Climate Action

Taiwan announces 50% emissions reduction policy

Taiwan approved a GHG emission reduction act on Monday that includes binding targets up to 2050

  • 17 June 2015
  • William Brittlebank

Taiwan approved a greenhouse gas emission reduction act on Monday that includes binding targets up to 2050 and will see the introduction of an emissions trading scheme.

The country will cut its emissions by 50 per cent compared to 2005 levels by 2050, according to a press release by the legislative yuan.

The statement said: “The Taiwan Government will be implementing a cap and trade scheme to achieve low-carbon economy cost-effectively, with the development of international climate negotiation outcomes taken into account while ensuring companies remain competitive globally.”

A date for the introduction of Taiwan’s carbon market was not set, but the scheme will be implemented “gradually” and is expected to be operating by 2020.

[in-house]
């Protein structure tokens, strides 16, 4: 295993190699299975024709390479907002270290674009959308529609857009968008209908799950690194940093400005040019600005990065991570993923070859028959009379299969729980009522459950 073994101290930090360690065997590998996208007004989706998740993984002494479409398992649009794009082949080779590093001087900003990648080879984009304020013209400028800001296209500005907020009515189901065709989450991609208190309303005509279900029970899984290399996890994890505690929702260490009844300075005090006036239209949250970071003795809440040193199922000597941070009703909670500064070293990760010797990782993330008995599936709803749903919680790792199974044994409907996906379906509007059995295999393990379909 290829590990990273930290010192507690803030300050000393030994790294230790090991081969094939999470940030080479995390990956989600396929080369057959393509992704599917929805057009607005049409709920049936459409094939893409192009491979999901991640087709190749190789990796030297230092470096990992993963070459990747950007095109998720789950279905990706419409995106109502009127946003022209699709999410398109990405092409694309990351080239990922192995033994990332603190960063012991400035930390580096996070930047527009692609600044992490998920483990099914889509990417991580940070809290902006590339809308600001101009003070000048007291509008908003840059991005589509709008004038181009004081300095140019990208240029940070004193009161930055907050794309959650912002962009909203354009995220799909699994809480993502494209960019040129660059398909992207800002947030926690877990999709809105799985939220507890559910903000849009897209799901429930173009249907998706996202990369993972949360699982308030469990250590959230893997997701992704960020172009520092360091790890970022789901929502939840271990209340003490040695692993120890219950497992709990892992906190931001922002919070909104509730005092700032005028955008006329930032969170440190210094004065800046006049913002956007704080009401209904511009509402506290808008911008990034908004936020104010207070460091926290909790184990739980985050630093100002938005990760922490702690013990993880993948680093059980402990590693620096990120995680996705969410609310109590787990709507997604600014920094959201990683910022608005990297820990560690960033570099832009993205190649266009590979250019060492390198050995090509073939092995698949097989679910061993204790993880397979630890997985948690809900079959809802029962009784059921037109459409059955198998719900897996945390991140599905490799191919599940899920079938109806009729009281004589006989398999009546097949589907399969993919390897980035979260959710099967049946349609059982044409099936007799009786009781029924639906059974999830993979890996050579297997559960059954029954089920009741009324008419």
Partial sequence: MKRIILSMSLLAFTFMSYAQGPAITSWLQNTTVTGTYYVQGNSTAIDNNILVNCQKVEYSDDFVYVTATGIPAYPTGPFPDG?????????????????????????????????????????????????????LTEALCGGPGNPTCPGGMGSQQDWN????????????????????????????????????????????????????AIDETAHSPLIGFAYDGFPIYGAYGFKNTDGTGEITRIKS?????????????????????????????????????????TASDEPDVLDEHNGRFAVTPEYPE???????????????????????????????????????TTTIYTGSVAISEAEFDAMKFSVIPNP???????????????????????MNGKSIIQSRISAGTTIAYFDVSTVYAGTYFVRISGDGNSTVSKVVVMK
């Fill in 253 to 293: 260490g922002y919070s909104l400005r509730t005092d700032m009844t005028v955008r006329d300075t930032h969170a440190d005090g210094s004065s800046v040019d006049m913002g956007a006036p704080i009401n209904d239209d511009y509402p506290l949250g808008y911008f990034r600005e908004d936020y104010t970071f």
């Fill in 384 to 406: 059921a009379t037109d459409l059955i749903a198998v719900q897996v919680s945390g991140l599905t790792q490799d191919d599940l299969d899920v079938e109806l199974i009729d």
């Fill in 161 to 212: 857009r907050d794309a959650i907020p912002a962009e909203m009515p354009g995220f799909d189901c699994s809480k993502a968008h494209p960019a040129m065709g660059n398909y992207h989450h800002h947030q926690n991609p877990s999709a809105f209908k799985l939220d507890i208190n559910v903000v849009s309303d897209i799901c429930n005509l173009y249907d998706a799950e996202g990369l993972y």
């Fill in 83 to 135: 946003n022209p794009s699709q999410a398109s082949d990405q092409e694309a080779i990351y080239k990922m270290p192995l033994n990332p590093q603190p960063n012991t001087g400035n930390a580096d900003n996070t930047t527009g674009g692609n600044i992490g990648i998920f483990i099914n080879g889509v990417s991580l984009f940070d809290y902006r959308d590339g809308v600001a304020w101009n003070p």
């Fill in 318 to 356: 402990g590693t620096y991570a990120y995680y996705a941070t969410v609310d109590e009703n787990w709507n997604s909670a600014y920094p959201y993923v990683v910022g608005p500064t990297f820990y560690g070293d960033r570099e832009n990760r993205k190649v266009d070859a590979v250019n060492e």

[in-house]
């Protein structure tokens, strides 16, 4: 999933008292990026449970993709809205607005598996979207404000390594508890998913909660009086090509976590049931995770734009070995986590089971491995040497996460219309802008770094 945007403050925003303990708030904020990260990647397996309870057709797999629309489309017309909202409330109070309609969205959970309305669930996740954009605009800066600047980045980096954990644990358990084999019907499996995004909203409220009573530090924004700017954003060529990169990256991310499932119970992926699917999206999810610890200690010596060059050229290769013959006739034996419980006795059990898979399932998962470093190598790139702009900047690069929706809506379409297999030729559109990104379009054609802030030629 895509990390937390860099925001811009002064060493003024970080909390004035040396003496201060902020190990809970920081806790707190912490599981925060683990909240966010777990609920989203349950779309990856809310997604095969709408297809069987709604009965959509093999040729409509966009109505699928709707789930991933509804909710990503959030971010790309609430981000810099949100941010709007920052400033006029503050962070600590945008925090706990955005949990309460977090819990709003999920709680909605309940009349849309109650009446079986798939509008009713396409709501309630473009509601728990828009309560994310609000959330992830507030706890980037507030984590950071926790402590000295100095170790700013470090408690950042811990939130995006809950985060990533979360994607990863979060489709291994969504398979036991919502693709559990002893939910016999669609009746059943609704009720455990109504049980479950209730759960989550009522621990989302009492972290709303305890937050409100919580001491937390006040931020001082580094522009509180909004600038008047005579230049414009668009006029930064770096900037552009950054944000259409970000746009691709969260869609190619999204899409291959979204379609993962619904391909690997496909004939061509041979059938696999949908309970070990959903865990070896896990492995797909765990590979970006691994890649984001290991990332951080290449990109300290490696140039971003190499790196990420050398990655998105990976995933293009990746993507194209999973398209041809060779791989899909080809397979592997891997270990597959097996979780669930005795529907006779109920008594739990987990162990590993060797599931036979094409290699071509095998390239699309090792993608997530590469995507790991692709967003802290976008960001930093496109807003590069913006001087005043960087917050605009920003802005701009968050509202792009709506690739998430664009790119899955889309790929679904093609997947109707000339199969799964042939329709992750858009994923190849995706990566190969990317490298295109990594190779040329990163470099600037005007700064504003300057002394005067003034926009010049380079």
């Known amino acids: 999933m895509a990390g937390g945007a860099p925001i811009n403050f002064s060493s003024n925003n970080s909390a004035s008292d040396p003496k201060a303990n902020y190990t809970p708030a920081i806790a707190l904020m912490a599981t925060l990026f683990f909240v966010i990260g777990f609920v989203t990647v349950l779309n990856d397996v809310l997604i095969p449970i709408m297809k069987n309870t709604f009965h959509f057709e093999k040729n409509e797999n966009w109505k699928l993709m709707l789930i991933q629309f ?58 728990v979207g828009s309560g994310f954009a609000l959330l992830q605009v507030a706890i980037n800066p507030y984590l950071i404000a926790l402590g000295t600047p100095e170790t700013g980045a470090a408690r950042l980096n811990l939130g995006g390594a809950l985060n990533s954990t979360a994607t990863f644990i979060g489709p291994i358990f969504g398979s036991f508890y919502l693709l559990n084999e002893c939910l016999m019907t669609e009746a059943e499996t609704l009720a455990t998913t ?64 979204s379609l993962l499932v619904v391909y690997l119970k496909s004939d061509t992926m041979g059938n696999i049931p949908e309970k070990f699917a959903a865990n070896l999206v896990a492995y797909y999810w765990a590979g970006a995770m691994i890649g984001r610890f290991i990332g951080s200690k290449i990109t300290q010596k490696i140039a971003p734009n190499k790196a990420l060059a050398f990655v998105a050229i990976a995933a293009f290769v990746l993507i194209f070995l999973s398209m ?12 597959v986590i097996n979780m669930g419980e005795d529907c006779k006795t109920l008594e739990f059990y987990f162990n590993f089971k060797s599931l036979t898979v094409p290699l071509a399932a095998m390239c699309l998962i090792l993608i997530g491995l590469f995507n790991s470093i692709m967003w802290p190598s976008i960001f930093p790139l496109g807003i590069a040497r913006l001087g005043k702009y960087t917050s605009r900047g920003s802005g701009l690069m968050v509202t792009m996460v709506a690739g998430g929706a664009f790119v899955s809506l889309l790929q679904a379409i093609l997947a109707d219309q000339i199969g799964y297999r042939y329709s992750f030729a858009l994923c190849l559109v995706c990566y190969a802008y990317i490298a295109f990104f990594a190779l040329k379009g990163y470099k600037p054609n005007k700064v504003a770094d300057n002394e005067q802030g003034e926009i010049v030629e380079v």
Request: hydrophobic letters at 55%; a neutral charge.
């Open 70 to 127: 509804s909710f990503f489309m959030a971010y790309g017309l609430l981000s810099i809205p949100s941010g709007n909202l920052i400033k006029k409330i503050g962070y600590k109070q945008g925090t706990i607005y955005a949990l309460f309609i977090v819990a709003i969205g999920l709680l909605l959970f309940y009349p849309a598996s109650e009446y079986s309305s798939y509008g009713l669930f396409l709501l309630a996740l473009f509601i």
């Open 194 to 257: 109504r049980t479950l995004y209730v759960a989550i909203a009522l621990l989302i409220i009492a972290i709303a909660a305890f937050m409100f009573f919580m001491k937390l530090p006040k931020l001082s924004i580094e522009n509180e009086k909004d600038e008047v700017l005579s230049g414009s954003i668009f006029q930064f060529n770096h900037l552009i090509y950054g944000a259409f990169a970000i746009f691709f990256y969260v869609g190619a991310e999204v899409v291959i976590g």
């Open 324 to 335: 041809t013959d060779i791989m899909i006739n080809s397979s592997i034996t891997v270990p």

Carbon dioxide emissions in Taiwan reached 333 million tonnes in 2014, according to a recent report.

The statement from the capital Taipei (pictured) on Monday also highlighted the fact that enhanced energy efficiency measures in the public and private sectors will be a key focus of the new climate policy.

The announcement comes in the build up to crucial United Nations’ climate negotiations in Paris in December when a global deal is due to signed by nearly 200 states.

Reports suggest that a new global climate deal to limit GHG emissions could have financial implications for Taiwan – not a U.N. member state – unless the country implements similar policies.

The statement added: “In the process of drafting these measures, the government has taken international negotiations over climate change into account and has also sought to ensure the competitive edge of Taiwan’s industries,”

The Environmental Protection Administration (EPA) will lead the implementation of the law and will collaborate closely with other agencies.